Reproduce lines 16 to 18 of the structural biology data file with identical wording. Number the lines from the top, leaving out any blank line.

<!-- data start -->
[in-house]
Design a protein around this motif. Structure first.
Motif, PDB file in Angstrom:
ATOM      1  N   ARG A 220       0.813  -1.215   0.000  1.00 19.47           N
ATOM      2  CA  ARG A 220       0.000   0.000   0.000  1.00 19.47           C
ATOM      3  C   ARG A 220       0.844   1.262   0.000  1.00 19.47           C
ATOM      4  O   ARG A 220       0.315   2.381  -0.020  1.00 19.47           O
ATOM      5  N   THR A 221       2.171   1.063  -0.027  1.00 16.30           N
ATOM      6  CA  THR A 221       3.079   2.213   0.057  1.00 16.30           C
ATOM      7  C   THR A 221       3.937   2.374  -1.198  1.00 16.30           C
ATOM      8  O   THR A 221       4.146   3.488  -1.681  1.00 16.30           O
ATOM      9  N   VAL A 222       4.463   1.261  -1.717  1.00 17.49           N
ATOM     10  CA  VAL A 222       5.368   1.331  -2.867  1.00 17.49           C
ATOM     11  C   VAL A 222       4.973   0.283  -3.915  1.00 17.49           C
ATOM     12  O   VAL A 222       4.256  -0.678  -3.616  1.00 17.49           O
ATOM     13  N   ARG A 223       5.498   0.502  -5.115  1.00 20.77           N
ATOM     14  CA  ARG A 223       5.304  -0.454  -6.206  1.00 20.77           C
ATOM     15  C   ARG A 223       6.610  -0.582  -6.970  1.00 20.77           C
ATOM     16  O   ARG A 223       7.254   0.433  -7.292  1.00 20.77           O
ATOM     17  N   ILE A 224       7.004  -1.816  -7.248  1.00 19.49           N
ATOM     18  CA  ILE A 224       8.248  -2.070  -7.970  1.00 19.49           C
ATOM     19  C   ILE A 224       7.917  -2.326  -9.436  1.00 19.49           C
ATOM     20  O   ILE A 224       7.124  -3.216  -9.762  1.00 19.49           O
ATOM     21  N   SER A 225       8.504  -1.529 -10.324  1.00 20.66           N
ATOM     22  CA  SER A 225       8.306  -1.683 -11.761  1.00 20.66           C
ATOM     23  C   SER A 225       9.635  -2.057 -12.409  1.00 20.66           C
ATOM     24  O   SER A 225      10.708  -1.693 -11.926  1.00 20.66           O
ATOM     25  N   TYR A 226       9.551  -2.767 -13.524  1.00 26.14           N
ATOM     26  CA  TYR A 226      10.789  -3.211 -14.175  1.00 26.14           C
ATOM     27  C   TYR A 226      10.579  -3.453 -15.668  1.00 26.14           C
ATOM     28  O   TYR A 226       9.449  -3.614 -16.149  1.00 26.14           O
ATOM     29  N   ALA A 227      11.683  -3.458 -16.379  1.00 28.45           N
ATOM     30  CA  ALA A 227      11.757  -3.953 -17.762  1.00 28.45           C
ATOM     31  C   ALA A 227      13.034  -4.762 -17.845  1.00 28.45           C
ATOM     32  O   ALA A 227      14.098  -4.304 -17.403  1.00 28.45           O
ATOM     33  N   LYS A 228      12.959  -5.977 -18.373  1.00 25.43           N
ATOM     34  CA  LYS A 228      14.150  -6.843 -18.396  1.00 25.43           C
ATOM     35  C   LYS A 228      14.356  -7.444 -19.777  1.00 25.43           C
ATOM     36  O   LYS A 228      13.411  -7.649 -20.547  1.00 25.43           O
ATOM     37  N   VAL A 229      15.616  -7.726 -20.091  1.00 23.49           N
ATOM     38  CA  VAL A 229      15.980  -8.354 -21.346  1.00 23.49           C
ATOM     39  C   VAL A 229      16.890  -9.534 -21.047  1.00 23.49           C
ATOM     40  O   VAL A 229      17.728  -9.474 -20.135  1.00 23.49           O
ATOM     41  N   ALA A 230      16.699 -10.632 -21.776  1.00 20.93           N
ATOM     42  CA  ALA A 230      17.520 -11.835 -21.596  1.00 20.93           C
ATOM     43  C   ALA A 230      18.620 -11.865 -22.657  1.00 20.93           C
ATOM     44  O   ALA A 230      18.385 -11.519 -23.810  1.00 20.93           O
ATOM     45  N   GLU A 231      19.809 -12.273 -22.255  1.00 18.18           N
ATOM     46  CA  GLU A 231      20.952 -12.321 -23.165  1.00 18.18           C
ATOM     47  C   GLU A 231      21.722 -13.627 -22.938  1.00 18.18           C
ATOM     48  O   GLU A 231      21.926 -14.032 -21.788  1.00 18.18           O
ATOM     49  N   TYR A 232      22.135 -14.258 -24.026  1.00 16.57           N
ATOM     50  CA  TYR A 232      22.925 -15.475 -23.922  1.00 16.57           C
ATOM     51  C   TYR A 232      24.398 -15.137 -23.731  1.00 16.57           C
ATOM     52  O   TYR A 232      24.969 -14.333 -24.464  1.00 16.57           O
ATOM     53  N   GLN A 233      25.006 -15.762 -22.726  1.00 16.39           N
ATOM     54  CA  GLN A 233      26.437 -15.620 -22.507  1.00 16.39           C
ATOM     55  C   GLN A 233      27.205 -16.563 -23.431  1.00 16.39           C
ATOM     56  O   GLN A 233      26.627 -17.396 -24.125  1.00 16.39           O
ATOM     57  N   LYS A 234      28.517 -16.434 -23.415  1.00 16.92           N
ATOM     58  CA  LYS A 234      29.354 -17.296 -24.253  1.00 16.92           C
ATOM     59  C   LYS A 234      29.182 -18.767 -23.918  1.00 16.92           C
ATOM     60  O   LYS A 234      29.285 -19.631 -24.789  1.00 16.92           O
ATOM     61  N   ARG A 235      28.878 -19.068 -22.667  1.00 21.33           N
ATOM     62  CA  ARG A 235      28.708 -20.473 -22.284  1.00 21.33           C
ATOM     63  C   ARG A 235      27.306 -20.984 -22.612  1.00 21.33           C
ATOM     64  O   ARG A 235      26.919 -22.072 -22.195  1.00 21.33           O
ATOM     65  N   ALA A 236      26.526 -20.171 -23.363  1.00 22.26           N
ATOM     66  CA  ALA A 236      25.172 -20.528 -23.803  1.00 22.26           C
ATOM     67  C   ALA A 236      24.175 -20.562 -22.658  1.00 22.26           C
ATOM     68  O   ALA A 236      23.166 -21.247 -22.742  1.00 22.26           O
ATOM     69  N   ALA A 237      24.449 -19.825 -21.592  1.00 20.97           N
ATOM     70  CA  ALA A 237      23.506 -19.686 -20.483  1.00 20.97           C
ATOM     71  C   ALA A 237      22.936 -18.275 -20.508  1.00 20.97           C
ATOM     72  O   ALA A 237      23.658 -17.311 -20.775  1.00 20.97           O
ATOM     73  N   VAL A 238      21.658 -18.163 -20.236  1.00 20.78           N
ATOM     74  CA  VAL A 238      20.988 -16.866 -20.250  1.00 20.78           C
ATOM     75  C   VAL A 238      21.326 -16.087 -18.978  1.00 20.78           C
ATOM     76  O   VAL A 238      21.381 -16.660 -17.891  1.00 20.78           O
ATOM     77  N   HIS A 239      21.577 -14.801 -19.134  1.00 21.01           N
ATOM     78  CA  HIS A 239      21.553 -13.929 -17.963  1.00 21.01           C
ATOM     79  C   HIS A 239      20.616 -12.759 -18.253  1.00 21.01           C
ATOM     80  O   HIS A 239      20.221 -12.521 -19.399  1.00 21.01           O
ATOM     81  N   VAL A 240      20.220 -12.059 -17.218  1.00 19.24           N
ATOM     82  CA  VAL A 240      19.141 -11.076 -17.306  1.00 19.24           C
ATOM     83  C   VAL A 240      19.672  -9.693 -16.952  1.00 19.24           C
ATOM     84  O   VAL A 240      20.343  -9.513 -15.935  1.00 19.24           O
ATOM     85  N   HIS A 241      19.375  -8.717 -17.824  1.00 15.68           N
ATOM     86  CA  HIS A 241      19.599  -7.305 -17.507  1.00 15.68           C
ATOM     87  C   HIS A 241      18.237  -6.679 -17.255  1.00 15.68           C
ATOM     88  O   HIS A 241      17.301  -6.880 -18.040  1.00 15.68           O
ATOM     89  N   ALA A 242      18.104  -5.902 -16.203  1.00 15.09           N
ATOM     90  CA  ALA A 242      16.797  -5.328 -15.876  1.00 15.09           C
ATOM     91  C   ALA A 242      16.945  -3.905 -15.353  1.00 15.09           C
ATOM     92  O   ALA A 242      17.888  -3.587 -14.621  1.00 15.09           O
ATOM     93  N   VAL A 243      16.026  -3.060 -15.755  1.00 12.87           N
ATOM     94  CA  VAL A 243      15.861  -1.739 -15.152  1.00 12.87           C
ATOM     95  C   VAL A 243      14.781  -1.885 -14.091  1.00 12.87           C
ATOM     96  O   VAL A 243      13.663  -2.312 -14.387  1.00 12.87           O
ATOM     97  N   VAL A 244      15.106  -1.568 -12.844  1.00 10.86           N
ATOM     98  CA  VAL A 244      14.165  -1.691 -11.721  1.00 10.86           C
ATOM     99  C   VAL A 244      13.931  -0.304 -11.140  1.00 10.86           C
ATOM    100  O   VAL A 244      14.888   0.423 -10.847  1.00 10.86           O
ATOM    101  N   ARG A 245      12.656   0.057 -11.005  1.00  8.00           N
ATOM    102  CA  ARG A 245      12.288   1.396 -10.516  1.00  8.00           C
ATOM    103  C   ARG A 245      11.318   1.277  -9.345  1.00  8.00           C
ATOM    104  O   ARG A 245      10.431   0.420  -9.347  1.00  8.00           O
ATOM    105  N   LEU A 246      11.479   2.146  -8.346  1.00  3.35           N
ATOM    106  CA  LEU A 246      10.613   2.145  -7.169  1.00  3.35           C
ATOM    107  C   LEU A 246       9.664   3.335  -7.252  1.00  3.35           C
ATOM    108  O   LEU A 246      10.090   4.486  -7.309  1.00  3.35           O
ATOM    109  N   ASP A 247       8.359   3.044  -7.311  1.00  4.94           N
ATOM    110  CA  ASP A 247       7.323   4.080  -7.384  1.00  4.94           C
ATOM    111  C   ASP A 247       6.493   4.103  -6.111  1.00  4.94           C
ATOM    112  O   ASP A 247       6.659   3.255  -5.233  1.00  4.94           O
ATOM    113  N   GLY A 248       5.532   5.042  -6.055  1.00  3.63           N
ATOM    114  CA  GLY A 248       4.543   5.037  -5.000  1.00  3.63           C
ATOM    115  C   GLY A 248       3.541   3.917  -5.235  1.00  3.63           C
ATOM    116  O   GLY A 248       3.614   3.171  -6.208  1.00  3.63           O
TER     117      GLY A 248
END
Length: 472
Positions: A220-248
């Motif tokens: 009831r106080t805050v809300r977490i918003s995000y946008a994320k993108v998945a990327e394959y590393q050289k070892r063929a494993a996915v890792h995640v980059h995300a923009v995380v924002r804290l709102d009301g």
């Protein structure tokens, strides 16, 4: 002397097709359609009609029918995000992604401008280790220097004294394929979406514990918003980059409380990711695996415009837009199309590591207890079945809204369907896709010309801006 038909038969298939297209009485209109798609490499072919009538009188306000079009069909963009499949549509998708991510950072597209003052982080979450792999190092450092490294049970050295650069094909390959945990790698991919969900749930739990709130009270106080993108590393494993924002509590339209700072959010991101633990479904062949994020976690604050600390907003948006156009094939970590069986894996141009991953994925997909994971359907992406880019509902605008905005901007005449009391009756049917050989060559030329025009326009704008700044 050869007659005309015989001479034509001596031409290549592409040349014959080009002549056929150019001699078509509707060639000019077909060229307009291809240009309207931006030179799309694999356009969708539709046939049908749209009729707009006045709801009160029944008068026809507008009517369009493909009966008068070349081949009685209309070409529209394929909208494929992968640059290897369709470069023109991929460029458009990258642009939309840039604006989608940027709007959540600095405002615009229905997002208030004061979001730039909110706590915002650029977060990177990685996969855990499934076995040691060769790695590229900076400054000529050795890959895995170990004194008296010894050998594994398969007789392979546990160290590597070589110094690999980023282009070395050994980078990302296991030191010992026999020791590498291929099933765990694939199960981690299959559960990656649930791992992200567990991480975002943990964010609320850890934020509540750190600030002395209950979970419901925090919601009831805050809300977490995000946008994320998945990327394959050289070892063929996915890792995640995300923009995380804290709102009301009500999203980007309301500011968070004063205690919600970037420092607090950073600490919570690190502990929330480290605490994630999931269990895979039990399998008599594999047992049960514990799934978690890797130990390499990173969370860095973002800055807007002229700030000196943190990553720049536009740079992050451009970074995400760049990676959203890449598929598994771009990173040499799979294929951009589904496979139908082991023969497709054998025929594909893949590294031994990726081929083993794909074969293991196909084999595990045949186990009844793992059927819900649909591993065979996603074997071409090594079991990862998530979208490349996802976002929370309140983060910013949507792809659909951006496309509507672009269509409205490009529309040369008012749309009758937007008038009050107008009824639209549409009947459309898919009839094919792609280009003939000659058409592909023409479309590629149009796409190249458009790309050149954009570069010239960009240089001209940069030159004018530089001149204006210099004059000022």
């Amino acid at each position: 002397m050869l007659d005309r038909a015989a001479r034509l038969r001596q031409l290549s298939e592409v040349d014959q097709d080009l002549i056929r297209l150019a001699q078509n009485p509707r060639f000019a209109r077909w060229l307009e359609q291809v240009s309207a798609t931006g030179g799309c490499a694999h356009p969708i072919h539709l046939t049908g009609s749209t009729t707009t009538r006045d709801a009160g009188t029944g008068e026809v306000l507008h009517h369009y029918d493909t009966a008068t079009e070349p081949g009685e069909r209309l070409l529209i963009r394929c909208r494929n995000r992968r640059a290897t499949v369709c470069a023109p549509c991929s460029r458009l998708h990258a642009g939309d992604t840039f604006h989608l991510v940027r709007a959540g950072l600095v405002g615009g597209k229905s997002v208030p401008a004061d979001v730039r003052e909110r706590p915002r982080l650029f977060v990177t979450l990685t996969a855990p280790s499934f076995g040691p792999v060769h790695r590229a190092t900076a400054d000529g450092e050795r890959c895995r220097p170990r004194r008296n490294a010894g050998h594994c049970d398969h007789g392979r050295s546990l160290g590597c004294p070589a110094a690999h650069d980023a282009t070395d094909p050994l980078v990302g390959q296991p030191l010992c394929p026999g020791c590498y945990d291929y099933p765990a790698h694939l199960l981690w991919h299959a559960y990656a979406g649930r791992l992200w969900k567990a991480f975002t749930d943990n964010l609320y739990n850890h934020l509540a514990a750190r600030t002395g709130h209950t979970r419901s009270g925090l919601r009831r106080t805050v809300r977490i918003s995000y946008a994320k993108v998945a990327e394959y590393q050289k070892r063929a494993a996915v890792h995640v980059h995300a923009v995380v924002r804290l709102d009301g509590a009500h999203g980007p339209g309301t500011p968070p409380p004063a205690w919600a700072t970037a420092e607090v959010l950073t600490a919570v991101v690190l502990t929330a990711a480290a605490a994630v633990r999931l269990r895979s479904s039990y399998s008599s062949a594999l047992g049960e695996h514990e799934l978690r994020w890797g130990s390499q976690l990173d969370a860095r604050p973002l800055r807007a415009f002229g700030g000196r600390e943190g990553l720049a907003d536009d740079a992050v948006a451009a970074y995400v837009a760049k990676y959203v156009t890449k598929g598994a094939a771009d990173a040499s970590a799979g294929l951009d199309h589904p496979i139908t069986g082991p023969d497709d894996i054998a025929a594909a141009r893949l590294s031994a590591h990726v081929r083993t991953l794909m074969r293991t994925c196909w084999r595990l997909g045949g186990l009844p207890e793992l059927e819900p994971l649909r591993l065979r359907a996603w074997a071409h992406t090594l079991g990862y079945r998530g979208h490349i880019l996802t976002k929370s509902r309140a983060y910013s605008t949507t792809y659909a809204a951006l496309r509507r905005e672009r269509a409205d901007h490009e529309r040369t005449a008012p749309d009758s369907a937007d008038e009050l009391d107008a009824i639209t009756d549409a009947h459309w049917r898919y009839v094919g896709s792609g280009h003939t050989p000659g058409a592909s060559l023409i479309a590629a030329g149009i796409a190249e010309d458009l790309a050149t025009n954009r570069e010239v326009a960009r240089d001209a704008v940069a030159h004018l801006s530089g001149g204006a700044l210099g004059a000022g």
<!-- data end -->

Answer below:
ATOM     13  N   ARG A 223       5.498   0.502  -5.115  1.00 20.77           N
ATOM     14  CA  ARG A 223       5.304  -0.454  -6.206  1.00 20.77           C
ATOM     15  C   ARG A 223       6.610  -0.582  -6.970  1.00 20.77           C